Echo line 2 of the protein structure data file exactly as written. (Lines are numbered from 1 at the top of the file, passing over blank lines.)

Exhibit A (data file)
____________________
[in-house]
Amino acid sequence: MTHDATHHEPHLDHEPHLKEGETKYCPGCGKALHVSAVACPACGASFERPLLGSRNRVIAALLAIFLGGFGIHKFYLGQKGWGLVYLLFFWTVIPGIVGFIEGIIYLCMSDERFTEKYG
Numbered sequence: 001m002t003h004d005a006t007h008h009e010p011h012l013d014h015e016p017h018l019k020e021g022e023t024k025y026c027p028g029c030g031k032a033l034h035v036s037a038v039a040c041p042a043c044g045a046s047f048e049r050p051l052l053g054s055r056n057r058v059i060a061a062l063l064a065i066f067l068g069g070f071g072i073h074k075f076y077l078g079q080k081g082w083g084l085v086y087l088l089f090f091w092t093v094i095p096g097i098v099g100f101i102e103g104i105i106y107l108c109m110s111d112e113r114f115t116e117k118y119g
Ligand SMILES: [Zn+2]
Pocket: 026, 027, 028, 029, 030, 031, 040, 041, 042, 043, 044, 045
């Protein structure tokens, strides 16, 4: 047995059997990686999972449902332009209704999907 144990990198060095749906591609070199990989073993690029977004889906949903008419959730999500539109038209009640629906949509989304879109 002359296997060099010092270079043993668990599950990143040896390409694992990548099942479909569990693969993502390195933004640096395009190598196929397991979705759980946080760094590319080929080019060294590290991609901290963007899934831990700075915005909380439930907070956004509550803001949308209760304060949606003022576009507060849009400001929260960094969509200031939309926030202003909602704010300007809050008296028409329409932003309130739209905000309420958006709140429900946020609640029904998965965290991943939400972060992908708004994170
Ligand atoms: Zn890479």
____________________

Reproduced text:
Amino acid sequence: MTHDATHHEPHLDHEPHLKEGETKYCPGCGKALHVSAVACPACGASFERPLLGSRNRVIAALLAIFLGGFGIHKFYLGQKGWGLVYLLFFWTVIPGIVGFIEGIIYLCMSDERFTEKYG